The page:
Greenland is the world’s largest island and of Danish territory which is between both the North Atlantic and Arctic Oceans. The majority of its land is ice, however the majority of its population live on the south coast Fjords which are largely ice free. The area is just over 2 million sq kilometers however is populated by only 56,000 people, 86% of which are the native inuit.
Greenland has a rich and diverse wildlife, and these include Polar Bears, Oxen, whales, Musk and Sea Eagles. The area also benefits from an abundance of bird life and although the majority is migratory, there are still 60 different species which are permanent breeders on the island. In total there are believed to be 245 different species which have been observed from the island. The largest and arguably most impressive is the white-tailed eagle which is the largest bird of prey in the world. Seals also make up a large part of the wildlife scene here. The country has 5 different species of seal, and they can be seen along much of the coastline. The coast also makes for the ideal place to see whales and the Greenlandic water are home to 15 different species including the humpback and Greenland Whales. Late May is perceived to be the best time to spot these and during this spring month they can be seen not far from the coastline.
Like many Nordic countries, Greenland benefits from the home geothermal springs which are synonymous with this area. The island of Uunartoq is particularly renowned for these and the area which is surrounded by mountains and floating drifting icebergs makes for a dramatic spot to enjoy these naturally heated pools. The National Park in Greenland is one of the largest in the world and is often described as an untouched and raw arctic paradise. It is however due to its size and remoteness largely unvisited and often flightseeing can be the best way to explore this dramatic area of wilderness. The country is also home to a very active dog sledding community. For thousands of years dog sledding has been the primary mode of transport for the Inuit people. Today it offers a rare glimpse into the extraordinary way in which the ancient way of getting around is still so vital to the local inhabitants.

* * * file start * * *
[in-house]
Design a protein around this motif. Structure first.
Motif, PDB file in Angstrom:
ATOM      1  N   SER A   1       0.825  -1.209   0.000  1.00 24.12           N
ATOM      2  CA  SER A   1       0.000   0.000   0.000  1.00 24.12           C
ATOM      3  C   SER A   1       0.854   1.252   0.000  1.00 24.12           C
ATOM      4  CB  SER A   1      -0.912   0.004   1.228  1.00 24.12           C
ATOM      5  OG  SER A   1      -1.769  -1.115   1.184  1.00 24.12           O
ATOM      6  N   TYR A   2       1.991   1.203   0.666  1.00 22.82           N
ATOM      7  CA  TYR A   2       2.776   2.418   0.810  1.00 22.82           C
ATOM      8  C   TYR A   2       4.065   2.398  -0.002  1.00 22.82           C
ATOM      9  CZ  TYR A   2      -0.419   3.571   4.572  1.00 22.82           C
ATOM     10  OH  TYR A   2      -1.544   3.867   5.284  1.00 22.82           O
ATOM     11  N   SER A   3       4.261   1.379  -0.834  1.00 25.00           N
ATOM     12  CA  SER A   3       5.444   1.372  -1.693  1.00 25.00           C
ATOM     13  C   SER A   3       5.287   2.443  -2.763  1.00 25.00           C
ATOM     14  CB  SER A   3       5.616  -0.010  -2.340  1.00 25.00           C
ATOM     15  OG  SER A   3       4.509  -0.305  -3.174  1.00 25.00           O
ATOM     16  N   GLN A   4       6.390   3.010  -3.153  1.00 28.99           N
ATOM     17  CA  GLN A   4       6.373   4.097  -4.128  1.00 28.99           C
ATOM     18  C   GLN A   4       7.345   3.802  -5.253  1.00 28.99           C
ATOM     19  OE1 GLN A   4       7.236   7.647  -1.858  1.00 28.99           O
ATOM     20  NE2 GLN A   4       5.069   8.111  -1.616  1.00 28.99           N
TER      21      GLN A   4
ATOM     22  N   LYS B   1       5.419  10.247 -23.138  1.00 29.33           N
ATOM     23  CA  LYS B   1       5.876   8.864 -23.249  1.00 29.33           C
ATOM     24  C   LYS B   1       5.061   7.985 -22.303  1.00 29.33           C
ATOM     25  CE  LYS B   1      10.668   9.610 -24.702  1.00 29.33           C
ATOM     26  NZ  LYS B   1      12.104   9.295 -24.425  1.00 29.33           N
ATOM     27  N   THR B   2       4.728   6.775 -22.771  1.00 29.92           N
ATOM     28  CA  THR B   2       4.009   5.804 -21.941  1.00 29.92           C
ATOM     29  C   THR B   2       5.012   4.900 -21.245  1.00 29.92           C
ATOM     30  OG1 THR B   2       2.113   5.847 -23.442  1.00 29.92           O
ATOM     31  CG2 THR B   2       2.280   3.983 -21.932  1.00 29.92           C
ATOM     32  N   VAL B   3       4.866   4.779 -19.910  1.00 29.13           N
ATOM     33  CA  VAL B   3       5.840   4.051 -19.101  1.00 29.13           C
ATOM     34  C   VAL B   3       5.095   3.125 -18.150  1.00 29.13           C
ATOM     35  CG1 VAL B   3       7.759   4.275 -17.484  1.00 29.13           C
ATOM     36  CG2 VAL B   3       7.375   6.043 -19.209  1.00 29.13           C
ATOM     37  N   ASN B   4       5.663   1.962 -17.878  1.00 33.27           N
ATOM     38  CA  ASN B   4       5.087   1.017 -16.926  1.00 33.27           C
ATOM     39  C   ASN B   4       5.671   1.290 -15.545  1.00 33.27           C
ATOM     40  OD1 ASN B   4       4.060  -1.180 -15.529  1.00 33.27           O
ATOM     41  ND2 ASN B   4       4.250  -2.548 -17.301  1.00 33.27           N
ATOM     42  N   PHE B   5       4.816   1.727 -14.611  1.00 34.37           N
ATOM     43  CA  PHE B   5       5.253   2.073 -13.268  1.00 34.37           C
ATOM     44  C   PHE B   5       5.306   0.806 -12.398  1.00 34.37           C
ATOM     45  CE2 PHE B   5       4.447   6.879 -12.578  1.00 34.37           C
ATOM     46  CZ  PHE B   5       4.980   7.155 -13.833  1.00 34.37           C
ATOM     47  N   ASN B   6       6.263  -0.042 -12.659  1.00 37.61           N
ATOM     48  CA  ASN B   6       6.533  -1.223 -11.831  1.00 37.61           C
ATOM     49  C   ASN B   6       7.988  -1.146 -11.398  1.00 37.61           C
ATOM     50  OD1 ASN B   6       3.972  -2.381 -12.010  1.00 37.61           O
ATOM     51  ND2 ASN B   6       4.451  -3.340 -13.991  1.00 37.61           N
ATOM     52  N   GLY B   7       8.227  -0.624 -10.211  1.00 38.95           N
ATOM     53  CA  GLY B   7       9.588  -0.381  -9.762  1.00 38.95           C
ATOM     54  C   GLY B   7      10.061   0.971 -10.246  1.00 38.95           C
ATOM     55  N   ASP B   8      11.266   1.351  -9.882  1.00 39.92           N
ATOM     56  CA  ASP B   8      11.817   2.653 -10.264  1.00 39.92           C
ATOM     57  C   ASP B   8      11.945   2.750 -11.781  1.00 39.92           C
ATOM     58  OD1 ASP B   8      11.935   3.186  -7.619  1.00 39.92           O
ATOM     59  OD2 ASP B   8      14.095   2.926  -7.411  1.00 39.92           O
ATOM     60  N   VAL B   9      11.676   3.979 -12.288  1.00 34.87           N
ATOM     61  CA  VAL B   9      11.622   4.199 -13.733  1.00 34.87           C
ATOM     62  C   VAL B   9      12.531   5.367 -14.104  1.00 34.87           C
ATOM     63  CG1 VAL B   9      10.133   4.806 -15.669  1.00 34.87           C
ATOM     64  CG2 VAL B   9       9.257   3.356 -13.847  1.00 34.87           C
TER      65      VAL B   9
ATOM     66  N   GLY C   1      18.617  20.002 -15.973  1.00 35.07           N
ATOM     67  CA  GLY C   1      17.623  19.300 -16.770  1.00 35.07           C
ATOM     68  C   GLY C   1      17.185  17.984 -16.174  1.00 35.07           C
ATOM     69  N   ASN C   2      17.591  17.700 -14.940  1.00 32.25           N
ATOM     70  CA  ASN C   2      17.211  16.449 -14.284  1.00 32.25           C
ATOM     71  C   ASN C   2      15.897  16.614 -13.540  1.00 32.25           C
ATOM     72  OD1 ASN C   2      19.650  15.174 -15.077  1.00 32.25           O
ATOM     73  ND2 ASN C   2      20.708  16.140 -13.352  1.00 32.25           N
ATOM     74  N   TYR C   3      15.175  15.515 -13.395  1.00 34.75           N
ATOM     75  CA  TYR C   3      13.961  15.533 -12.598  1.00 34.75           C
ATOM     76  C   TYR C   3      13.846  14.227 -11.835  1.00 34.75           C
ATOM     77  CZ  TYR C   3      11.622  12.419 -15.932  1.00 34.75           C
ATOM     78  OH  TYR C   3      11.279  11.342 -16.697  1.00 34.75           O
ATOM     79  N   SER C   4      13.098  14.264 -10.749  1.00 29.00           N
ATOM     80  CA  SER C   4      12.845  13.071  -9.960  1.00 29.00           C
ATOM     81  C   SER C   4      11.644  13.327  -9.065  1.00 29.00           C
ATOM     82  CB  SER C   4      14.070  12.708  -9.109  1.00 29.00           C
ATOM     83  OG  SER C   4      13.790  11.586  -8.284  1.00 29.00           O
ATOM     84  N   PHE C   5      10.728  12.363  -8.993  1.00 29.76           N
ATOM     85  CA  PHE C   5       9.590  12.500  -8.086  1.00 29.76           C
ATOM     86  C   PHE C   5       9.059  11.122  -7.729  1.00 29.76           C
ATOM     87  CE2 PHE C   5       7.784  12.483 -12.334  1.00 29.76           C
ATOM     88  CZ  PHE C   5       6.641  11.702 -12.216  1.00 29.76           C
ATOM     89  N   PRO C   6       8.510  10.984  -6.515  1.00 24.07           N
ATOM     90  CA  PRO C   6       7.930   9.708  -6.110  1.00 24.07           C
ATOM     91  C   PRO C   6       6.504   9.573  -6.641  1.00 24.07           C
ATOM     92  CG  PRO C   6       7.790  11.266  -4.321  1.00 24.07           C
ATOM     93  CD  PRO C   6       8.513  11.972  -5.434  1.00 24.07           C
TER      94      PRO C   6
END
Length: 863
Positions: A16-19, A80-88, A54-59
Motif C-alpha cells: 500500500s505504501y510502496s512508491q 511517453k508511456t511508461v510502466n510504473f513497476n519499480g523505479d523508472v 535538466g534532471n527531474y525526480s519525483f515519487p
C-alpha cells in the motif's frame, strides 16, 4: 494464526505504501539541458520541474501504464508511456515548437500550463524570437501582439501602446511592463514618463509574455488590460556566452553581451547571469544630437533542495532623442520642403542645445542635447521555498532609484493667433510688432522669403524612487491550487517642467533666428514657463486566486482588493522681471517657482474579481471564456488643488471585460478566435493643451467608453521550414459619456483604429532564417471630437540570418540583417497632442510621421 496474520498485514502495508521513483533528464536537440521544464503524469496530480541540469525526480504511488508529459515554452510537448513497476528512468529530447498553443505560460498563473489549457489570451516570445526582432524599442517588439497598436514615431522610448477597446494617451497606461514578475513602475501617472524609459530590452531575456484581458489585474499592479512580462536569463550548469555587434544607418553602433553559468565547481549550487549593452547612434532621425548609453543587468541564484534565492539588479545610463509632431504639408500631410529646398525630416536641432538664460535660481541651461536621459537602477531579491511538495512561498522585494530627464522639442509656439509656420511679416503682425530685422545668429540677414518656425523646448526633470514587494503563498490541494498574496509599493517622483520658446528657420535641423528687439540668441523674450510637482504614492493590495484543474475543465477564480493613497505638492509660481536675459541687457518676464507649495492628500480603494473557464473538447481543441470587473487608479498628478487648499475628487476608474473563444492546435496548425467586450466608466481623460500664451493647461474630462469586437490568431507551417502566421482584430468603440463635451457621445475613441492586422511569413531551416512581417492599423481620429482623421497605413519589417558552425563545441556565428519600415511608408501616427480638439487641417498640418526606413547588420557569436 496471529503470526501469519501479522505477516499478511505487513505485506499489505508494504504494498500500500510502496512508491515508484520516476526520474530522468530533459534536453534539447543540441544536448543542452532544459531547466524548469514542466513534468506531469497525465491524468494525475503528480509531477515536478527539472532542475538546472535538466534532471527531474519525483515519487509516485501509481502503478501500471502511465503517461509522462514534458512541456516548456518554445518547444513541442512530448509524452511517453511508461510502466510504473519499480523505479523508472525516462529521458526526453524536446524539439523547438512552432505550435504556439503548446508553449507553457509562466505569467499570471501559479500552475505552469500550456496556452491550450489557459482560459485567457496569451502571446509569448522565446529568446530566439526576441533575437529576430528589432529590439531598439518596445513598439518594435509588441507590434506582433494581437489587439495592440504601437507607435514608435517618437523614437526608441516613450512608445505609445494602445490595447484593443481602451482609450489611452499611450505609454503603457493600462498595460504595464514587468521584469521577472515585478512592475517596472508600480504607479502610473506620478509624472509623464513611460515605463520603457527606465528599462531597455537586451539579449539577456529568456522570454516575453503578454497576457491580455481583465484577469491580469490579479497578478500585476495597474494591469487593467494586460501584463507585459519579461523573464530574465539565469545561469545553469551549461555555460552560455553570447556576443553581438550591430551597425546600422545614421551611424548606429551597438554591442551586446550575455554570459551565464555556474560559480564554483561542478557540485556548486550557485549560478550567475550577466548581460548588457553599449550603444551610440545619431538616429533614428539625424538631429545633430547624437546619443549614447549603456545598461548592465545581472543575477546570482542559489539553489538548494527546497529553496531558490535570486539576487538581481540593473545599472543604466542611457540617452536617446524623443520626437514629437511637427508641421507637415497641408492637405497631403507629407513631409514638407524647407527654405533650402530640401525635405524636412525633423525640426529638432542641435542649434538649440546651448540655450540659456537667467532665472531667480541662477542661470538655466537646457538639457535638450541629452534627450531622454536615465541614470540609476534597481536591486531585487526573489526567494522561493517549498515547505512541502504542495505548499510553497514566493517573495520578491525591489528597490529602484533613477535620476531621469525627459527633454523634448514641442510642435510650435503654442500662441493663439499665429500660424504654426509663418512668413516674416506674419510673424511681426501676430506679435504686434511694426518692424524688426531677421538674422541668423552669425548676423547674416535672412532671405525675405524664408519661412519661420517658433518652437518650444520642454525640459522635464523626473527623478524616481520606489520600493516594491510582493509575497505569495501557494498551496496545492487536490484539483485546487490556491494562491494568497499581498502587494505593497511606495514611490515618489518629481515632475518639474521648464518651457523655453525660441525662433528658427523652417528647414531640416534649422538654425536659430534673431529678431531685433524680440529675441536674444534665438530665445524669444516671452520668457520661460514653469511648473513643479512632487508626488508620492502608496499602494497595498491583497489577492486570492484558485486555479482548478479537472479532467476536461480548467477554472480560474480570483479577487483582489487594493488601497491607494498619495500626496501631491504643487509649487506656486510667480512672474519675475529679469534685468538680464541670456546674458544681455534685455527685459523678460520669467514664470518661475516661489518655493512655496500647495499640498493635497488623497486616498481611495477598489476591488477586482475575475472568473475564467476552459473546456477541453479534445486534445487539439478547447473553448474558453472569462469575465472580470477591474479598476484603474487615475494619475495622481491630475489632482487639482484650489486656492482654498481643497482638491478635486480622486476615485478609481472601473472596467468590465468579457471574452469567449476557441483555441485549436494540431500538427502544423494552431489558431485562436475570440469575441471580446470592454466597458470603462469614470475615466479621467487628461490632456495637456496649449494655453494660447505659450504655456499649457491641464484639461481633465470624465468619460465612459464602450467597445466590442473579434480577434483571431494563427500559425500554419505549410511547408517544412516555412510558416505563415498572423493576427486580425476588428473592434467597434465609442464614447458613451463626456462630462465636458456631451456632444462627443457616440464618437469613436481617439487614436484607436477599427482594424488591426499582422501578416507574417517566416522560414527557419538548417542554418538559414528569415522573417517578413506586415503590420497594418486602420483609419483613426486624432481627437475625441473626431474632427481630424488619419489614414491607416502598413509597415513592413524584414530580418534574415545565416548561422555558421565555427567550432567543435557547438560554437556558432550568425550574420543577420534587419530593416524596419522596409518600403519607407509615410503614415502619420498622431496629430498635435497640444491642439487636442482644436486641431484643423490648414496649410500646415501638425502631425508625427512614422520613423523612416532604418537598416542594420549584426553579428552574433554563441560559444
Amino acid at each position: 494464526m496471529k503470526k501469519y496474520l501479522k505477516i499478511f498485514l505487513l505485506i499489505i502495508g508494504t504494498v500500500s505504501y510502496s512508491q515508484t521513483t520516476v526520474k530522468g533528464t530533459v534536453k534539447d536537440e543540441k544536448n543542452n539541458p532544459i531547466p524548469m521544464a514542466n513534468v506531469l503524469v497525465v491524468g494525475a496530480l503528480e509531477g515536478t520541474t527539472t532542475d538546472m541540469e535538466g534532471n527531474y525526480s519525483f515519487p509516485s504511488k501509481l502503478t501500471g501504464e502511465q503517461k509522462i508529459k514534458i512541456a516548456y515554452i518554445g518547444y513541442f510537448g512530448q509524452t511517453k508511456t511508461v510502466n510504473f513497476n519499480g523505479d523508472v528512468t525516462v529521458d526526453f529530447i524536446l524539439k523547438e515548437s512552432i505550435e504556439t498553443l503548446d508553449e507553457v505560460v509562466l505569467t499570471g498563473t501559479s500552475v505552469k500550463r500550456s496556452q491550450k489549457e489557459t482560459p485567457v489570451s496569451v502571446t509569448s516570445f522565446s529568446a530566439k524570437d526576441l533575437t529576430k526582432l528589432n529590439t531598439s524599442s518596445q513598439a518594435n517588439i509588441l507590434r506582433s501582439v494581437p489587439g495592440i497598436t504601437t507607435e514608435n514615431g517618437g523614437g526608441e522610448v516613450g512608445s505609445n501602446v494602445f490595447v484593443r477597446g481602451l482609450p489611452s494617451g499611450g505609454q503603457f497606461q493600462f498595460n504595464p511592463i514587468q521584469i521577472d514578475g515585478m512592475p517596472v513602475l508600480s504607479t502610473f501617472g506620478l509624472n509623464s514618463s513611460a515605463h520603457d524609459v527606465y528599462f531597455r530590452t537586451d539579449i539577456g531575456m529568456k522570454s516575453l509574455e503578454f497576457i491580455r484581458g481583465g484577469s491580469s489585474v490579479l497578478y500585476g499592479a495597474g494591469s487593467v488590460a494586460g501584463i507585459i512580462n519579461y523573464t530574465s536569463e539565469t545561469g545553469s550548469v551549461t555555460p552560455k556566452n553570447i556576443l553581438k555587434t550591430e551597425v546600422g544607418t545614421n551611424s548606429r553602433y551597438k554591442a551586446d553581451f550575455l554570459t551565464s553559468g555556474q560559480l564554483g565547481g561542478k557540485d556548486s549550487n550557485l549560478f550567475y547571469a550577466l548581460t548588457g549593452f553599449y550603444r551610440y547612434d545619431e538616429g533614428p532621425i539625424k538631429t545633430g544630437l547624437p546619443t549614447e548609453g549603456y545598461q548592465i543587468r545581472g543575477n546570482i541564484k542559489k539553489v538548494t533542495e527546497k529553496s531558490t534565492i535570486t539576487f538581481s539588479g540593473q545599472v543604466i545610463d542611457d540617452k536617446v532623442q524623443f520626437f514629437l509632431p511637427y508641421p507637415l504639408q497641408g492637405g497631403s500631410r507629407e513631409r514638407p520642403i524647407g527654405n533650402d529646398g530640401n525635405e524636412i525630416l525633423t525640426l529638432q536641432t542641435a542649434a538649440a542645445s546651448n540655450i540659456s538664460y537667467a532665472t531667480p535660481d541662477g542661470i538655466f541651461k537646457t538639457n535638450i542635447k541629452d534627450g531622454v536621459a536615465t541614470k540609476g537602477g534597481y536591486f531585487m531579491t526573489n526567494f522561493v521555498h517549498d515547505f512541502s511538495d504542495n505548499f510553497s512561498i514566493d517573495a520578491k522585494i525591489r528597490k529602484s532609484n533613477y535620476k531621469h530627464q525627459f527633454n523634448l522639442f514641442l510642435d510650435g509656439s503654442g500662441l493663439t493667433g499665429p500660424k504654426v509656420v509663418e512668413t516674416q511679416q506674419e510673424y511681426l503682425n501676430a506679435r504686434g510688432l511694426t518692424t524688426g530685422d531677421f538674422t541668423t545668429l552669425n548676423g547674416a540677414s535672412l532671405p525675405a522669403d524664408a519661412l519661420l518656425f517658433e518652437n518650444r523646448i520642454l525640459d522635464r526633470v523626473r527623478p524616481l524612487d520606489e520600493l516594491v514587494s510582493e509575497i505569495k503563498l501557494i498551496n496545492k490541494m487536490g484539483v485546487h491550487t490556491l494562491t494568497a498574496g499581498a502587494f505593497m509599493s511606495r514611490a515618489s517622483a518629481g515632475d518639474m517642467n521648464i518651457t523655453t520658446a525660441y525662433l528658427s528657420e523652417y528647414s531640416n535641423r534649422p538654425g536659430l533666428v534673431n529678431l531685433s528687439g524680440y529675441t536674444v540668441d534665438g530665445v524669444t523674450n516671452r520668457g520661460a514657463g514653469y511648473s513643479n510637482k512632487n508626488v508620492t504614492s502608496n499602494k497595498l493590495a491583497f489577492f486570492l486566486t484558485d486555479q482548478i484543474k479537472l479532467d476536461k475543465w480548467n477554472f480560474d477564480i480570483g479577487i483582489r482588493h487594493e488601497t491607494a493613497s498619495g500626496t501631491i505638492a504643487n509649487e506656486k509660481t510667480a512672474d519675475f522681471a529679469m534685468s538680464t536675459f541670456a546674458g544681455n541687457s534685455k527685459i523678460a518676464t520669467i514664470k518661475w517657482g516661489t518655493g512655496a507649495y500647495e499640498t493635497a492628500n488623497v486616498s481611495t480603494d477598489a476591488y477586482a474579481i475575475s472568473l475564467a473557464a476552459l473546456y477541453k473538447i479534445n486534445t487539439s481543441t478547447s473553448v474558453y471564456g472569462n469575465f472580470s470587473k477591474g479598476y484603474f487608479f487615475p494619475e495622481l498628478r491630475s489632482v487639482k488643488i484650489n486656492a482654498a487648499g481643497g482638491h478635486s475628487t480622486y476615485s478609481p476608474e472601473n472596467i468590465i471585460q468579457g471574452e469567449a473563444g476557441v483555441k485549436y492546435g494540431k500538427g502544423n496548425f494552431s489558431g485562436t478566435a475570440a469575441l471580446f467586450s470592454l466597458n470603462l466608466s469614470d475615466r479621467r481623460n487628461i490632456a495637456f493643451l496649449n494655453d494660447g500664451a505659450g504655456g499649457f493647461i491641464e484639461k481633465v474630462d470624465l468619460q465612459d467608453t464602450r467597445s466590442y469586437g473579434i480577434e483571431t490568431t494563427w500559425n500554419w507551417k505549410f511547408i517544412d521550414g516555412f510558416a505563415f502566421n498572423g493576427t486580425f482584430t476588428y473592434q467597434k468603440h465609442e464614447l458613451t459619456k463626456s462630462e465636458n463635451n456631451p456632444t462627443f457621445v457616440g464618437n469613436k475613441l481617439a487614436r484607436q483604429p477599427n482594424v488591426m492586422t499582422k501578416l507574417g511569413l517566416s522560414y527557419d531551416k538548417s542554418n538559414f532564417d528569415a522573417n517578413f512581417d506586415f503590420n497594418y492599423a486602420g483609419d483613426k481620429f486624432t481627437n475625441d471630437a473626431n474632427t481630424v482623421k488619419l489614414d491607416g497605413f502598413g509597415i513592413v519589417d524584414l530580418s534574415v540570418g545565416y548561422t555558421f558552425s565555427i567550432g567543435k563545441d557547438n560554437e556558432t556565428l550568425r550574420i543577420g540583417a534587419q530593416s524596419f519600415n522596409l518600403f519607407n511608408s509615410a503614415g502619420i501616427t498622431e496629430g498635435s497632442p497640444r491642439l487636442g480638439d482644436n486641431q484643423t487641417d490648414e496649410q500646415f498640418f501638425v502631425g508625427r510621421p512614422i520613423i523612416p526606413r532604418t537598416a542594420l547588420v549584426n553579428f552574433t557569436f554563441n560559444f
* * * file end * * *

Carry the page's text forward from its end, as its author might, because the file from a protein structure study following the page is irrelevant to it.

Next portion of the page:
Due to the rugged and harsh terrain, many also look to the water as an appropriate mode of transport and both the kayak and larger Umiaq have both become crucial ways for getting around. They are also the perfect way to explore this dramatic coastline. This increased enormously in the last wave of immigration from Canada and has been a vital source of transport ever since. Tours and cruises around the coast can be one of the best and most rewarding ways to get the most from this stunning country.
The capital of Nuuk is on the Southwest Coast and is a small city which is renowned for its waterfalls and icebergs due to its location on the edge for Fjords. The city contains almost a third of Greenland’s total population as originally founded back in 1728. Today, the city is full of fashionable boutique shops, gourmet restaurants and cultural museums. The national museum is in the city and gives a powerful insight into how the country’s native people have survived for so many years in a harsh and unforgiving natural habitat.
Greenland is also home to three UNESCO world heritage sites. The first of which is Ilulissat Icefjord which joined in 2004 and is a 61km Fjord which is fed by the fastest moving glacier in the world. The Kujataa is a cultural site which celebrates farming in the country. Particularly within both the Norse and Inuit cultures. The latest addition is the Aasivissuit which is a vast area on the west coast of the island which has predominately been used as an Inuit hunting ground but is now becoming one of Greenland’s must-see areas due to its great beauty and diverse flora and fauna.